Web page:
President of nation’s top cancer hospital to speak on cancer and aging
With a talk on cancer and aging, Dr. Ronald DePinho, president of the University of Texas MD Anderson Cancer Center in Houston, will conclude the 2013–14 season of the Virginia Tech Carilion Research Institute’s Distinguished Scholars Series.
His public lecture will be held at 5:30 p.m. Thursday, May 22. A community reception will precede the lecture at 5 p.m. in the VTC café.
In his public lecture, DePinho will discuss recent discoveries that have led to better methods of early cancer detection, improved cancer patient care, and new cancer drugs. He will also describe how aging pushes the human body toward cancerous tumors, as well as current research into why this phenomenon occurs and how to correct it.
In his own research, DePinho has showed a link between advancing age and an increasing cancer risk. He established that three factors – telomere dysfunction, an impaired ability of a cell to repair DNA damage, and the continued renewal of the epithelial layer of tissue that covers organs – all unite to cause rearrangements in the DNA that drive the genesis of many common cancers.
Almost one million cancer patients have been treated at MD Anderson Cancer Center, which U.S. News & World Report ranked the nation’s top cancer hospital in 2013. DePinho oversees the single largest National Cancer Institute–funded research budget in the world, with more than $670 million in funding.
Under DePinho’s leadership, MD Anderson Cancer Center launched the Moon Shots Program in 2012 to accelerate the conversion of scientific discoveries into clinical advances to reduce cancer deaths. The program brings together teams of researchers and clinicians to mount comprehensive attacks on eight cancers – acute myeloid leukemia and myelodysplastic syndrome, chronic lymphocytic leukemia, melanoma, lung cancer, prostate cancer, triple-negative breast cancer, and high-grade serous ovarian cancer. In its first year, the program received $139 million in private philanthropic commitments.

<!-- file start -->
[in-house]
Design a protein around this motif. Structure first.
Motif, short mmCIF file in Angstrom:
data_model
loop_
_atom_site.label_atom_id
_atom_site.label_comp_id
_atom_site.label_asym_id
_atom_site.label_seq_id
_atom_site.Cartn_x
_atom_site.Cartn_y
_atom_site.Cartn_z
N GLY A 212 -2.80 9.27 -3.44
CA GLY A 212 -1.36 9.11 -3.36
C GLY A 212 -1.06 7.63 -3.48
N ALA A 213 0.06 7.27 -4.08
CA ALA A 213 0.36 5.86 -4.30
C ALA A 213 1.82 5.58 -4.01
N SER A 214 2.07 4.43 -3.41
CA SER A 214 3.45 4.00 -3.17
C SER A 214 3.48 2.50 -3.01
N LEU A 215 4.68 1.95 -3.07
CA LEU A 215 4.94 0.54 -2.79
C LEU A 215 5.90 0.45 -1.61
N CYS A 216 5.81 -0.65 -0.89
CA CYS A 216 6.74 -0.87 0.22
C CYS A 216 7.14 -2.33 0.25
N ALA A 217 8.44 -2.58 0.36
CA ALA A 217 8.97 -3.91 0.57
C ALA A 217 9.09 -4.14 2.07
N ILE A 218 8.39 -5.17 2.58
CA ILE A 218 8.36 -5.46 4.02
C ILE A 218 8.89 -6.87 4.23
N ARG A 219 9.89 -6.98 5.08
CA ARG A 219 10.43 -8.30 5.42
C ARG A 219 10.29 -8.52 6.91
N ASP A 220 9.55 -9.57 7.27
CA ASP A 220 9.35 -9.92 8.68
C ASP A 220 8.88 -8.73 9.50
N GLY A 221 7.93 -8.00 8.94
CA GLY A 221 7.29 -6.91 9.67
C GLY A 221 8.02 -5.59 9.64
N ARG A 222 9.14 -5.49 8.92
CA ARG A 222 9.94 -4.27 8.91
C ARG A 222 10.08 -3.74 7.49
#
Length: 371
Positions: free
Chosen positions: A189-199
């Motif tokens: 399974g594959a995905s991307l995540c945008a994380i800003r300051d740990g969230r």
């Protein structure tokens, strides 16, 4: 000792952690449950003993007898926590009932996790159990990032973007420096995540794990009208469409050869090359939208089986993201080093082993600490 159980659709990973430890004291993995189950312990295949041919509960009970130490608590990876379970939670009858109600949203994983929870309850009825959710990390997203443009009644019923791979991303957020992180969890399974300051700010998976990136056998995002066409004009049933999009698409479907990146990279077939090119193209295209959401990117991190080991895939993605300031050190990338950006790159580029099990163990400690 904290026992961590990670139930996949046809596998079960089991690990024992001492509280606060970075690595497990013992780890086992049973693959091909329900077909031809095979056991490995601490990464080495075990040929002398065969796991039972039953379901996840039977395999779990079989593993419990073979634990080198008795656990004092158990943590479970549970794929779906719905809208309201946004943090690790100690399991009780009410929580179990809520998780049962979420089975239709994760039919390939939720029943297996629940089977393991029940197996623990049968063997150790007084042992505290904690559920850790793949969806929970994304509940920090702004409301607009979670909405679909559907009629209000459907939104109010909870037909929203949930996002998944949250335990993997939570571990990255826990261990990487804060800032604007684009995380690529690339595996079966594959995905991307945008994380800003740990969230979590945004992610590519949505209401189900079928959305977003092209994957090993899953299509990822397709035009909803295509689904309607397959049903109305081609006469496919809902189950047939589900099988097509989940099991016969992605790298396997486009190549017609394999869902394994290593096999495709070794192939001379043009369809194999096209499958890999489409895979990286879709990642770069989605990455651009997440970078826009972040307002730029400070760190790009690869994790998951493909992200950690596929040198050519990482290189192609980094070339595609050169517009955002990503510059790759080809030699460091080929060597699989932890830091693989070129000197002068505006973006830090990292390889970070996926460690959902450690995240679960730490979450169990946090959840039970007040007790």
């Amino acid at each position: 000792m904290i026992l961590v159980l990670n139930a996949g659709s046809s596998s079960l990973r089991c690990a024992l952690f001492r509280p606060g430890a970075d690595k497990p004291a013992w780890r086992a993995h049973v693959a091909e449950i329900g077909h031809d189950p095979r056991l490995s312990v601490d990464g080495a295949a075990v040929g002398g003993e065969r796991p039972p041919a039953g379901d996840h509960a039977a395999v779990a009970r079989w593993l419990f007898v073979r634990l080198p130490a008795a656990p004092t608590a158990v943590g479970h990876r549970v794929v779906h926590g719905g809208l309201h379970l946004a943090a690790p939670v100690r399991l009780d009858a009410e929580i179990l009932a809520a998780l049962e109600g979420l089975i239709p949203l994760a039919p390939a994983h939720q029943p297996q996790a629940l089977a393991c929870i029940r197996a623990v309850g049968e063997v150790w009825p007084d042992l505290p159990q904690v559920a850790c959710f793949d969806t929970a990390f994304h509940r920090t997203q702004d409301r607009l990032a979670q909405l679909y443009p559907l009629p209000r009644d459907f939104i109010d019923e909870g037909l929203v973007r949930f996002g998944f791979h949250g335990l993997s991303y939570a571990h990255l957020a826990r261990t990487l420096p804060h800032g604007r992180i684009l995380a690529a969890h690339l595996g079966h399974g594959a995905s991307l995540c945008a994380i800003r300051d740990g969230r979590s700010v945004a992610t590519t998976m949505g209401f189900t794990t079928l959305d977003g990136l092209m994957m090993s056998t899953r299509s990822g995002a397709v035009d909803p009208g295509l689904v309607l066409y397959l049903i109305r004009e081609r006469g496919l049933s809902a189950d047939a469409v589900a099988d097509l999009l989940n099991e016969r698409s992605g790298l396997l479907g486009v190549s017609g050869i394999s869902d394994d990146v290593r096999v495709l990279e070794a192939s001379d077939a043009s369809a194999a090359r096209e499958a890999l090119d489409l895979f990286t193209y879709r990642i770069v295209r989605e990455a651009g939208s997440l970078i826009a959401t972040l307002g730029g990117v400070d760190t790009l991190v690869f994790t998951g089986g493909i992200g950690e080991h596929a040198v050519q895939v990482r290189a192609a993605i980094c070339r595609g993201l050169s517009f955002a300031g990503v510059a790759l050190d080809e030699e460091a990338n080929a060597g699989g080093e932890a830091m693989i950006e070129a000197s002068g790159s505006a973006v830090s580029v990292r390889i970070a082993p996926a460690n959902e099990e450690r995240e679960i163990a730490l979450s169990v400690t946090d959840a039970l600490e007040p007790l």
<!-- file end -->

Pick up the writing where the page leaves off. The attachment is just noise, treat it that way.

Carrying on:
DePinho’s independent scientific career began at the Albert Einstein College of Medicine, where he was the Feinberg Senior Faculty Scholar in Cancer Research. He then joined the Department of Medical Oncology at Dana-Farber Cancer Institute and the Department of Medicine at Harvard Medical School. He is a member of U.S. National Academy of Sciences and the Institute of Medicine of the National Academy of Sciences.
To learn more about DePinho and his upcoming lecture, visit the institute’s Cancer and Aging page.